Editor’s note: This market commentary is provided by the Dairy Division at FCStone/Downes-O'Neill in Chicago, Ill.
Class III volatility continued to run rampant Thursdayas the market rebounded from early-week losses to post gains of 39 to 50 cents from Nov through Feb, while the remainder of 2013 contracts finished steady to 18 higher as well.
The block market went down a penny on the day after trading all the way down to $1.95 before rallying 5 cents into the close to finish at $2.00 even on a massive 14 trades. Barrels also finished down a penny but closed on their lows for the session. We have to say that the size of the rally did come as a bit of a surprise but buyers were still pushing to get loads bought into the close and the market is indicating they expect to see follow through buying during today’s session, as Class III futures for Nov and Dec are now carrying a slight premium to the spot market pricing once again.
Despite the whipsaw action on the spot market and Class III futures pricing, there is very little coming in regarding fresh physical market information that would indicate that such large swings should be occurring. By and large, reports remain that the market is in balance with recovering milk production still being met by firm cheese demand. Holiday buying is still in the marketplace and, for that reason, we can’t see cheese falling below $1.90 in the coming weeks. But, with the market being in balance, it’s also difficult for us to foresee pricing moving much above the $2.00 mark either. If this is the case, Class III futures are likely to chop sideways, though there could be some reaction to this afternoons milk production report come early next week.
Weekly slaughter continues to be strong as 63.4 thousand head this week moved up 6.0% above last year’s levels and the western states continue to be well ahead of previous year at 17.5 thousand head up 10.8% vs. the same week a year ago.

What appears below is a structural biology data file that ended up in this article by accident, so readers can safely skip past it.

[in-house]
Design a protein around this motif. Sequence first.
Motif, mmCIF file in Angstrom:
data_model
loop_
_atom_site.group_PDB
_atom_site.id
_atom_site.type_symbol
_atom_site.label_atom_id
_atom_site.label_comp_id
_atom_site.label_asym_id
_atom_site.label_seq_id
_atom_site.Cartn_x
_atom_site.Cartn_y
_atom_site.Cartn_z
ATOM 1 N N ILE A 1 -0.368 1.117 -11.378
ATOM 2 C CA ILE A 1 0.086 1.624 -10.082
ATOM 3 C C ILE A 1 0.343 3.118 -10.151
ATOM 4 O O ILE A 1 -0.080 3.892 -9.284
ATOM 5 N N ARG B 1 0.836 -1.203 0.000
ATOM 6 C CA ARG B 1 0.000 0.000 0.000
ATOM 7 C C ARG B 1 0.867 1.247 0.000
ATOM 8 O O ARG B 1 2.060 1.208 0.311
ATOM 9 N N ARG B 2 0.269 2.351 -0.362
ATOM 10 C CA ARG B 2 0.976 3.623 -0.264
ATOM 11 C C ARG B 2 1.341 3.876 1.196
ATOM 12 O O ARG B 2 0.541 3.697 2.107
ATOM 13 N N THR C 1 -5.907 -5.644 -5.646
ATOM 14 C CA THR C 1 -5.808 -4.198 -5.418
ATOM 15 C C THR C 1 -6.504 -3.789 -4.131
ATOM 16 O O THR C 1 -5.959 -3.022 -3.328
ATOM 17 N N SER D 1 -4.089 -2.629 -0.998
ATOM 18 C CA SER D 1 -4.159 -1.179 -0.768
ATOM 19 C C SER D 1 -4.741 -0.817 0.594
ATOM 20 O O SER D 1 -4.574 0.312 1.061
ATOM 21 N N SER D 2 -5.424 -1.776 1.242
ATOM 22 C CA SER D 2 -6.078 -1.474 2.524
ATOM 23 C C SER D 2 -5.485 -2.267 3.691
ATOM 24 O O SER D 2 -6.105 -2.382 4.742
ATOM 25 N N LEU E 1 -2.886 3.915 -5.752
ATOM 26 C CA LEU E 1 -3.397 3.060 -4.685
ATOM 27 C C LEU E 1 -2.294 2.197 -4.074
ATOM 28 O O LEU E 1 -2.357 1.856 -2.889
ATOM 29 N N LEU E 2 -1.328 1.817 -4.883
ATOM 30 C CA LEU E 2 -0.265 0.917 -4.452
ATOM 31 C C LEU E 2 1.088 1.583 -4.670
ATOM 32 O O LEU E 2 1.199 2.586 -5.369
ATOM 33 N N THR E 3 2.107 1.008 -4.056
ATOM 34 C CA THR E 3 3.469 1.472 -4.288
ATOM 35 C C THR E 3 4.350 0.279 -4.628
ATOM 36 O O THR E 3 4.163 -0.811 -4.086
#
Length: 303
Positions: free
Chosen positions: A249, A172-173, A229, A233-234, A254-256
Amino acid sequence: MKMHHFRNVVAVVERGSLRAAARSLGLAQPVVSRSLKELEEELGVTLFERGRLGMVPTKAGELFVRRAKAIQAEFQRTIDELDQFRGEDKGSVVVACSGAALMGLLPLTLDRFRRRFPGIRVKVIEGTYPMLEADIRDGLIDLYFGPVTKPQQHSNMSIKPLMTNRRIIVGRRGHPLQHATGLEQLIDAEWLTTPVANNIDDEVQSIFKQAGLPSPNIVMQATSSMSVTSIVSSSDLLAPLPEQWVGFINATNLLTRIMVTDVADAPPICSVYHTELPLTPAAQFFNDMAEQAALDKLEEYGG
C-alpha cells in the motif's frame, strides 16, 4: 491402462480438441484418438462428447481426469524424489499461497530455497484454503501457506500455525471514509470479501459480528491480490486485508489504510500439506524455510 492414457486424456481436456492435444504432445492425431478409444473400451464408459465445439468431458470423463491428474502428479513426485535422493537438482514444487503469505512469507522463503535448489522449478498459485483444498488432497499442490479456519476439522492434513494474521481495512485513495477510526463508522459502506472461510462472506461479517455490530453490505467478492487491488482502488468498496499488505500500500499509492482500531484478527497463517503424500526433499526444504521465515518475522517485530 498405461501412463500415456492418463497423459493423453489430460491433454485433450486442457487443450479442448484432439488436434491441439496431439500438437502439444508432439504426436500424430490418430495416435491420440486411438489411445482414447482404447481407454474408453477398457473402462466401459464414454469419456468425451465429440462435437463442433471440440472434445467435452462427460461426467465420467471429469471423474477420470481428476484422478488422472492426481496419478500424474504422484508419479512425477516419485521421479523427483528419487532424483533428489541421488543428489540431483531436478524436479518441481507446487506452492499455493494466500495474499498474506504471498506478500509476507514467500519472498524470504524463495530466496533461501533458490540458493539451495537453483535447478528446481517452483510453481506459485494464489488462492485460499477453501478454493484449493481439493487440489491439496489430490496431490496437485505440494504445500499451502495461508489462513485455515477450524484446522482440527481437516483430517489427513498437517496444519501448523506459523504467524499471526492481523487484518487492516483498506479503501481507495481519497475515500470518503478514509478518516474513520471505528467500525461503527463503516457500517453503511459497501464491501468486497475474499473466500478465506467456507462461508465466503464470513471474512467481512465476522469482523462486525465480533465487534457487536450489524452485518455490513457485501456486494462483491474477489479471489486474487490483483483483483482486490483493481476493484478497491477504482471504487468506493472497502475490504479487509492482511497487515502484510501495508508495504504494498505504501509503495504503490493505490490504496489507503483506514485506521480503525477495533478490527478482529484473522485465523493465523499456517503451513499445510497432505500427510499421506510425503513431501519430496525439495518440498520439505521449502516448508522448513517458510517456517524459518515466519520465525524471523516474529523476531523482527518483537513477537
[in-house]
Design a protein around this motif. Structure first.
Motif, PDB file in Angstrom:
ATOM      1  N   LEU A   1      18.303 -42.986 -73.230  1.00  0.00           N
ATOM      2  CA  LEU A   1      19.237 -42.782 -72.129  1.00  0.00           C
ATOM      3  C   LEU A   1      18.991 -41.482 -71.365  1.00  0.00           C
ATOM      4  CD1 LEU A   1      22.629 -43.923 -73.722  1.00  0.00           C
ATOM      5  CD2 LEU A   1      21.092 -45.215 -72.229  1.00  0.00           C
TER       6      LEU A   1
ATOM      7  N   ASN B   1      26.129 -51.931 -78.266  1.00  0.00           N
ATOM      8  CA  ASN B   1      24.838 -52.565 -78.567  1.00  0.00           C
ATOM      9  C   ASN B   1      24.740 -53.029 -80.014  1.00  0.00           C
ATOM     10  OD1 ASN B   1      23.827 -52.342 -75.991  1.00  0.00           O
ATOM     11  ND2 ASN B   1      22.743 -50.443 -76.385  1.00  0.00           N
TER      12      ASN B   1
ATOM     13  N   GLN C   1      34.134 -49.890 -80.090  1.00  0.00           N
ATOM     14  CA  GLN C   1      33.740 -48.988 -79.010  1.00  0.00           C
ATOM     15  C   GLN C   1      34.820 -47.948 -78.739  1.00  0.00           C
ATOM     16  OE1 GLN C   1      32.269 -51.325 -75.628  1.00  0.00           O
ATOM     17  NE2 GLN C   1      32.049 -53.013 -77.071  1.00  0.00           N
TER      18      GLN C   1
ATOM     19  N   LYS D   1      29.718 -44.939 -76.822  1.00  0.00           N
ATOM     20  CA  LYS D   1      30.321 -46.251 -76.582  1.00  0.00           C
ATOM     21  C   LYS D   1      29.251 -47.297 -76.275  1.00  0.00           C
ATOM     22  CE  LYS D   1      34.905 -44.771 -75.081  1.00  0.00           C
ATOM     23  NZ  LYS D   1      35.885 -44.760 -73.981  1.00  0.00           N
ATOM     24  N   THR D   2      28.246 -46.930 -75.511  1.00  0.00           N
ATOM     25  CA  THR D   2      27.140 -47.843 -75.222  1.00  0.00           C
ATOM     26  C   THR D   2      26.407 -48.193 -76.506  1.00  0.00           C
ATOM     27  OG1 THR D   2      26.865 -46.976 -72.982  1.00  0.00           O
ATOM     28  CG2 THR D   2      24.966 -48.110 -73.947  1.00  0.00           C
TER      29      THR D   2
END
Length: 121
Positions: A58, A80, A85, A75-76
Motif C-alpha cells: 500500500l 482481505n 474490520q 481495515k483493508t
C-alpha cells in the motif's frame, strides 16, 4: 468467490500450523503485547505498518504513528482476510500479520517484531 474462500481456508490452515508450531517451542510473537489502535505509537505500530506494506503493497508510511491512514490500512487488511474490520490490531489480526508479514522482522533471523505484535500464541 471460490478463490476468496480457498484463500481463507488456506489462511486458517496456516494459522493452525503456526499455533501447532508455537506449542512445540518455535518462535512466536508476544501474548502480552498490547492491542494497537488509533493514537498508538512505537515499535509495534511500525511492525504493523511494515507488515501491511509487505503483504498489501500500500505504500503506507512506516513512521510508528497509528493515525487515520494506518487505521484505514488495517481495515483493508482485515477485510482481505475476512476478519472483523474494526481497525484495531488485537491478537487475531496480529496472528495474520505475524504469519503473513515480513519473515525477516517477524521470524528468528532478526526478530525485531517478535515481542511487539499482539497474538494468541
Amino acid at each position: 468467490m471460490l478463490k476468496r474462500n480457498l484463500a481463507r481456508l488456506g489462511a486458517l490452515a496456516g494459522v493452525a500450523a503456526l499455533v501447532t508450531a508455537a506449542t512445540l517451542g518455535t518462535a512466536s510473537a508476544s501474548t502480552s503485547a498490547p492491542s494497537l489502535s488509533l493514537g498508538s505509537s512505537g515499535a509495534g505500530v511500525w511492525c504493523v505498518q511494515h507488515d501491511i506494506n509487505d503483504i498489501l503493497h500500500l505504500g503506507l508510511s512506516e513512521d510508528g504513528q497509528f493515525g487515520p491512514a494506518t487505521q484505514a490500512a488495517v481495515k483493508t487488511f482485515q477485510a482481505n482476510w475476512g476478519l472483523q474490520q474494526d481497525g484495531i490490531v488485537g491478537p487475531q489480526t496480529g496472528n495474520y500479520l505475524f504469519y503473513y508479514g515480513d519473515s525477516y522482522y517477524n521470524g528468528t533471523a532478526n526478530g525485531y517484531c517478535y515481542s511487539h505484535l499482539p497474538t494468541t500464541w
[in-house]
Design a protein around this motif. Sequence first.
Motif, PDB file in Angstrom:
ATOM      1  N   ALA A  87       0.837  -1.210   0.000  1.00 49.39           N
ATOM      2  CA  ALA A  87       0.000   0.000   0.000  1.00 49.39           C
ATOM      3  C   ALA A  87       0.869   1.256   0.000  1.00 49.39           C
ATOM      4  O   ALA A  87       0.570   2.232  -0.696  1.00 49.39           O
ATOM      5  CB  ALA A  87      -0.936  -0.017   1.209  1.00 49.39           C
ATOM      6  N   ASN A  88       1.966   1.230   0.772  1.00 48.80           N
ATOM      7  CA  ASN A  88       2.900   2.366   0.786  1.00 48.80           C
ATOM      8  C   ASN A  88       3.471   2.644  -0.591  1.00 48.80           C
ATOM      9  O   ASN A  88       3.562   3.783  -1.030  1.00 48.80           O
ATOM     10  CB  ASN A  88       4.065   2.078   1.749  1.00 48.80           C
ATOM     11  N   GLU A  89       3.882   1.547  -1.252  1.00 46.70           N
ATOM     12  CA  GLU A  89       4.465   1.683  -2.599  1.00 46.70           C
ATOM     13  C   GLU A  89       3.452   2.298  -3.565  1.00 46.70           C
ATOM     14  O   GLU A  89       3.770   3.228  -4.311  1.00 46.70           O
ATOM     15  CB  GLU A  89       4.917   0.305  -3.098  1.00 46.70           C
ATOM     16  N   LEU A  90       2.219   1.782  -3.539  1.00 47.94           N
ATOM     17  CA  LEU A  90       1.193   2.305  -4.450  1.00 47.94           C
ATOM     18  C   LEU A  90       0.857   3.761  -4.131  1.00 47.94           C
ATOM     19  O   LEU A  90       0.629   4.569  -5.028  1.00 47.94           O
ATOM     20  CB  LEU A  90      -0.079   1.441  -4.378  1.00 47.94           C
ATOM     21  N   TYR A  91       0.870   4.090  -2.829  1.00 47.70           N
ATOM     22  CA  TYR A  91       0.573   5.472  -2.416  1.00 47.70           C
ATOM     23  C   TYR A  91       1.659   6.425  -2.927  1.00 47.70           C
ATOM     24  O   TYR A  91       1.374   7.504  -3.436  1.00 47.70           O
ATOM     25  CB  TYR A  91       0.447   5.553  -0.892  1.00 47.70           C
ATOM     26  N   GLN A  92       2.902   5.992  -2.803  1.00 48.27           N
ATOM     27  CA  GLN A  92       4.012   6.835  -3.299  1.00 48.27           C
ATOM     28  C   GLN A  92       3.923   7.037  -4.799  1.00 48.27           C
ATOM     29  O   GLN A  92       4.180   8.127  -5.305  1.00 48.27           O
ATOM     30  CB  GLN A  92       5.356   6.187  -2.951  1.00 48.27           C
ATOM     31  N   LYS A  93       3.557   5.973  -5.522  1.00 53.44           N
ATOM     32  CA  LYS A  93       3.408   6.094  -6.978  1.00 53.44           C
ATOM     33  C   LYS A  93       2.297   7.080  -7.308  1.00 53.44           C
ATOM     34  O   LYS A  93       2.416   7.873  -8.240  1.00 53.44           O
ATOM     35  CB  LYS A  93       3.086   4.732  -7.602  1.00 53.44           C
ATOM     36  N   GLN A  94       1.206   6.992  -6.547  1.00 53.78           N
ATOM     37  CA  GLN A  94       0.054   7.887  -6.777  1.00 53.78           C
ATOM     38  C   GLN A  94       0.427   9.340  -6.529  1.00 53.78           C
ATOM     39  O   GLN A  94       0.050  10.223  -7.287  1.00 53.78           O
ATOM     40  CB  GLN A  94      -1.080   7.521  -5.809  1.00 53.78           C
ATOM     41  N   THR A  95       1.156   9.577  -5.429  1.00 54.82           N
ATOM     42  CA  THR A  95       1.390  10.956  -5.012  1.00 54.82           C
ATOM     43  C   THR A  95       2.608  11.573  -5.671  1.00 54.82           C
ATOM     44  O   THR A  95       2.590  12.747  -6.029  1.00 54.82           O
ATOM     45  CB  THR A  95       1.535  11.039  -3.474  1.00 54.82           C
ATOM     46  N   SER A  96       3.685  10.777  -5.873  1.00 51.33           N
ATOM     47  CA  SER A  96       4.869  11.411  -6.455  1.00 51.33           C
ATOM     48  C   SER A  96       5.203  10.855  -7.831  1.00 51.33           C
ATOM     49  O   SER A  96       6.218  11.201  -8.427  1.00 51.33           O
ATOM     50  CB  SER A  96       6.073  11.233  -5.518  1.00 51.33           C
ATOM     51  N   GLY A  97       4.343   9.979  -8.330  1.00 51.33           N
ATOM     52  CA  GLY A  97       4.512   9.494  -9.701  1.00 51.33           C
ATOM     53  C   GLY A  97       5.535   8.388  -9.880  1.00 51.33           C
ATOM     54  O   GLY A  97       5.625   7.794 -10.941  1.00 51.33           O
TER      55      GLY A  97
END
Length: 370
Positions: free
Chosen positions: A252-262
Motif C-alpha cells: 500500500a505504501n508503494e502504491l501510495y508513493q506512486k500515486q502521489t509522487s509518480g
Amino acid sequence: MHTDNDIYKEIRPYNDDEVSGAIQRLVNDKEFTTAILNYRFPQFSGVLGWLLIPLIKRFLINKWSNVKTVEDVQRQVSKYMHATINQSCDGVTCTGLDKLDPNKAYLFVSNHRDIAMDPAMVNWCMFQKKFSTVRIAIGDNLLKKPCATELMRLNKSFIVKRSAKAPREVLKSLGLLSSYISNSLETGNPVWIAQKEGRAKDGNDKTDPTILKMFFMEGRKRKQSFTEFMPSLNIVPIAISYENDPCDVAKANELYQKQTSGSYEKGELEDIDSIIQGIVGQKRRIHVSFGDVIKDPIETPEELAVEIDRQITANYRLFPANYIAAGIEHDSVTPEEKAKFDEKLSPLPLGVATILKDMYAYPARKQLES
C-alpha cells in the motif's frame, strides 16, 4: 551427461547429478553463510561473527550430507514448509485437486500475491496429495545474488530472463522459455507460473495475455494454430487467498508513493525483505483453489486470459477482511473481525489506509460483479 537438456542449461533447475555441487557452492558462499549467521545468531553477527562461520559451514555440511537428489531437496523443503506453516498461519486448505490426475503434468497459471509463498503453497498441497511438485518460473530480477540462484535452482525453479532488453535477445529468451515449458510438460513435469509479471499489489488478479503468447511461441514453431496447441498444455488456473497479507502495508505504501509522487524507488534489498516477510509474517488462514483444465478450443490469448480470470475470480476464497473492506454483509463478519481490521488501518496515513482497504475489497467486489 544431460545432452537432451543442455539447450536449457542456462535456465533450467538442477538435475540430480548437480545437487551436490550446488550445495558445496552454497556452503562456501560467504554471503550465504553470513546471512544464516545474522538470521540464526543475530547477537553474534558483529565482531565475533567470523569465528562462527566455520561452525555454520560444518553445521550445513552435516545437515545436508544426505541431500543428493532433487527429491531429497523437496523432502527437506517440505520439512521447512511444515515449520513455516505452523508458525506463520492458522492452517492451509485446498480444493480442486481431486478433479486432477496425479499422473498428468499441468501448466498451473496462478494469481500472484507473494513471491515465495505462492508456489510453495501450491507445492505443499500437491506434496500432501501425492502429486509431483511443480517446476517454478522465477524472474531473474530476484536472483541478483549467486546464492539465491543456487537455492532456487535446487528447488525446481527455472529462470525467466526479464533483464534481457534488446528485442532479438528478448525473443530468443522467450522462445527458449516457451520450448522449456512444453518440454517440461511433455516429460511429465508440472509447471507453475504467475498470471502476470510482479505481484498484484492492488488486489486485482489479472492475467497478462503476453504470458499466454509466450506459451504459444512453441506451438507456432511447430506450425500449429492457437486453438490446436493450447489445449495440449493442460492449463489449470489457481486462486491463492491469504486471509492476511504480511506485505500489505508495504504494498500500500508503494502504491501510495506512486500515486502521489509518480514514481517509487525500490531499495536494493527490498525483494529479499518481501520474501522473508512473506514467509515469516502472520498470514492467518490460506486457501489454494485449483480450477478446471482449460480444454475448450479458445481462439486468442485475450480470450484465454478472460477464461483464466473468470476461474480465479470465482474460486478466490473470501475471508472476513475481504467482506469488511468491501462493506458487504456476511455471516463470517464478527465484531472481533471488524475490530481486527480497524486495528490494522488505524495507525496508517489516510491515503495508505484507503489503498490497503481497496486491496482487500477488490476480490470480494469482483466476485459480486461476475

Grain futures made the move that we feared yesterday with soybeans bouncing sharply above the 15.25 mark, closing at 1545.5 up 36.25 on the day and corn futures closing back above the 7.50 mark, settling at 760.75 up 15.25 cents. Both markets are now looking decidedly bullish on the charts, particularly soybeans.
Weekly export sales on corn were 6.6 million bushels vs. estimates of 7.9 to 11.8, soybean sales were 19.3 vs. estimates for 23.9 to 31.2 and wheat exports were 15.1 vs. estimates for 9.2 to 14.7. Seasonally, both markets are supported with harvest drawing to an end. And, while corn export sales are lagging, typical levels basis is very strong and rising domestically while soybeans are benefiting from a strong export sales pace, total sales are at 71% of expected annual sales vs. 49% last year. Today, may offer a little bearish information with the release of Informa’s expected acreage for the 13/14 crop year mid-morning but we are wary of sizeable upside move coming for both corn and soybeans.
We look for corn to open 5 to 8 cents higher and beans to open 5 to 10 higher.